This Is How You Network at an Event

These five lessons from the business world will help you at your next ministry conference.

4. Follow up within 24 hours and be clear about why you’re contacting them.

Don’t wait too long to follow up. I usually follow up the night of the event or at the latest by the next morning. Quick follow up communicates to people that you value them and their time. During follow up, make sure to keep it brief and concise (three to four sentences max) and be clear about why you’re contacting them. Take advantage of the email subject and insert a unique phrase or word that may have been used during the conversation. This will help spark their memory of the conversation and you! If time permits, send a more memorable follow up like a handwritten note or even a video message. Creating something worth talking about goes a long way.

5. Set a reminder for a second follow up or introduction to someone else. 

I usually set a reminder in my calendar to do a second follow up with individuals that I’d like to connect with and further support through my network. During the second follow up, I usually try to connect my new friend or contact with another great person in my network that may add value to their endeavors. For me, it’s not just about building my network, but also about building the network of my friends. I’ve found over the years that many new friendships I build often professionally benefit others that I already know. It’s deeply satisfying to connect good people to one another. In fact, I go into networking events not only for myself, but also for my network. What are some things that you think about or do before, during and after networking events?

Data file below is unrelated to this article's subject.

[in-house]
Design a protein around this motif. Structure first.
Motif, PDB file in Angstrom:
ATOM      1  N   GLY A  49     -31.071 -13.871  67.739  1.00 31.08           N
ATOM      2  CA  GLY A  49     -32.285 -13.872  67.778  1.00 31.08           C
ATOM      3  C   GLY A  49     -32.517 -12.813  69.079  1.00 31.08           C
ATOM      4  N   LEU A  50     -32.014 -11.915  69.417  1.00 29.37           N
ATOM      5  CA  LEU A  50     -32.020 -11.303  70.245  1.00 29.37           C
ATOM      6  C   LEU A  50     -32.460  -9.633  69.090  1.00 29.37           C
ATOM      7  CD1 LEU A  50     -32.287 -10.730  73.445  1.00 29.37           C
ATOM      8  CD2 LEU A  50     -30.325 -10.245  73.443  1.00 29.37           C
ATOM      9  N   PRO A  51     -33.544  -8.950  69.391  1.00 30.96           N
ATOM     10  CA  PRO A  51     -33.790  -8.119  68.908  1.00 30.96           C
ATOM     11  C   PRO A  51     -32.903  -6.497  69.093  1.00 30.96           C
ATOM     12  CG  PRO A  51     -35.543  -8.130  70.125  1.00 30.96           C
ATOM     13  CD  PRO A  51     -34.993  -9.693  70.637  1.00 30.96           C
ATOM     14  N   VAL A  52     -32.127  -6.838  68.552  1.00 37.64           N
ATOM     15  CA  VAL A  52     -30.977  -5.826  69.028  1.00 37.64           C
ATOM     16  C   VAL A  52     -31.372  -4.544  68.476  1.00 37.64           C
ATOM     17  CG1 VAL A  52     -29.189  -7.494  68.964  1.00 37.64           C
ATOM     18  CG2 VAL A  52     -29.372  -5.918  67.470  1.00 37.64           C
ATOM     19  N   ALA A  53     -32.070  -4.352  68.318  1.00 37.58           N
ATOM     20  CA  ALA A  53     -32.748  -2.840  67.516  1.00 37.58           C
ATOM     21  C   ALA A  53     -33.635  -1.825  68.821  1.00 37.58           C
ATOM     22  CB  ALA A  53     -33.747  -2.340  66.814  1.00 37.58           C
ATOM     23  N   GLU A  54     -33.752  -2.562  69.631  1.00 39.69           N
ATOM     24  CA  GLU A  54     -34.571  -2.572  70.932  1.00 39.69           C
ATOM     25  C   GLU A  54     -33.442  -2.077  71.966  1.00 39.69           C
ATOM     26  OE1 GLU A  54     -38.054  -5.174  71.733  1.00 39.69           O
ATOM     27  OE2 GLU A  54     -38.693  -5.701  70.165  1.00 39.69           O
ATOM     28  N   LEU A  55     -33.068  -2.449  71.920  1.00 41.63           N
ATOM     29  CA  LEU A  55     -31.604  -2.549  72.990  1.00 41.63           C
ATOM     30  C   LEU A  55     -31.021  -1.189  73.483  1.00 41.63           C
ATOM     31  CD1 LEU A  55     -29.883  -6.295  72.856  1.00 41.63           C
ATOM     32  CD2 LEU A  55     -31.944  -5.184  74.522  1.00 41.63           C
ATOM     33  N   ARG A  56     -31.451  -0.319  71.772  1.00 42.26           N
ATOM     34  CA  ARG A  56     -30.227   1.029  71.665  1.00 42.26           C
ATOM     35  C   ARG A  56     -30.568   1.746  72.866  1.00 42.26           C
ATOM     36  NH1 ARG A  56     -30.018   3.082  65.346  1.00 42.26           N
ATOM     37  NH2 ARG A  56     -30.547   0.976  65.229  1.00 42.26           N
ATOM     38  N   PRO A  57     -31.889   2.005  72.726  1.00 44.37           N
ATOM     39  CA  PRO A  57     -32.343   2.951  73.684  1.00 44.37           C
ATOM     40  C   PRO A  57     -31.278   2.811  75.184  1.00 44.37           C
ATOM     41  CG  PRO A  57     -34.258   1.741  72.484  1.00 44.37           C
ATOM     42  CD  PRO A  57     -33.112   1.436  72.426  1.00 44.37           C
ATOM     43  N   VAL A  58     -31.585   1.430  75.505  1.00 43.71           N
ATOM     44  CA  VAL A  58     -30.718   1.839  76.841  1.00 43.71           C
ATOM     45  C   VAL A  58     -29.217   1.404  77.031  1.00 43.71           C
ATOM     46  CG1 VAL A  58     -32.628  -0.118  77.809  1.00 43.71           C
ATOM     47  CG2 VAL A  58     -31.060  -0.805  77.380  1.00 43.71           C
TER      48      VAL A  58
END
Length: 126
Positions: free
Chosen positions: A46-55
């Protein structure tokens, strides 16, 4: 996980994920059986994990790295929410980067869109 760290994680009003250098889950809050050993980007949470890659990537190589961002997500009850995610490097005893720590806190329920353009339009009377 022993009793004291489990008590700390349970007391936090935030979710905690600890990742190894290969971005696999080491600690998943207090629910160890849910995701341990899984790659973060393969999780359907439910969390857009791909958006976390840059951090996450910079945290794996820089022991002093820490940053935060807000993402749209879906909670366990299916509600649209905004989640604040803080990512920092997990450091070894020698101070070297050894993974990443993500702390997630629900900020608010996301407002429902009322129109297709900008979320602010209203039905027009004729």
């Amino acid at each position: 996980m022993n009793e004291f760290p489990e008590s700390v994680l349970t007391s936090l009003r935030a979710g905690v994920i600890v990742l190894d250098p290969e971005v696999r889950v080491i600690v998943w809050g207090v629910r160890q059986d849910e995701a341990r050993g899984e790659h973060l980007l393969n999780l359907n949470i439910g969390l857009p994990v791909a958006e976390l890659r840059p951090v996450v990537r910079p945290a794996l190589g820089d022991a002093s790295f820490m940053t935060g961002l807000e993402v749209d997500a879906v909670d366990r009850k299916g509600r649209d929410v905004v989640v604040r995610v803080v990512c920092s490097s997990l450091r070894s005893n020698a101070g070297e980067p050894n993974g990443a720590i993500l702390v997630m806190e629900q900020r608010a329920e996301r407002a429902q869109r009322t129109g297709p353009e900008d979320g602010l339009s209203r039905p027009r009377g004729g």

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Charles Lee
Charles is the CEO and Chief Idea-Maker at Ideation, a brand innovation company that specializes in helping businesses and organizations build remarkable brands via innovative business design, organizational change architecture, brand integration, design, web and marketing services. He is also the author of Good Idea. Now What?: How to Move Ideas to Execution, a practical book designed to help people move ideas to implementation. Charles is regularly invited to speak to leading companies and organizations on topics such as creativity, innovation, idea-making and branding. Executive leaders from brands including Wells Fargo, Toyota, The White House, Catalyst, William Morris Endeavor, mun2, Council of Urban Professionals, Chick-fil-A and many others have benefited from having Charles present at their key events.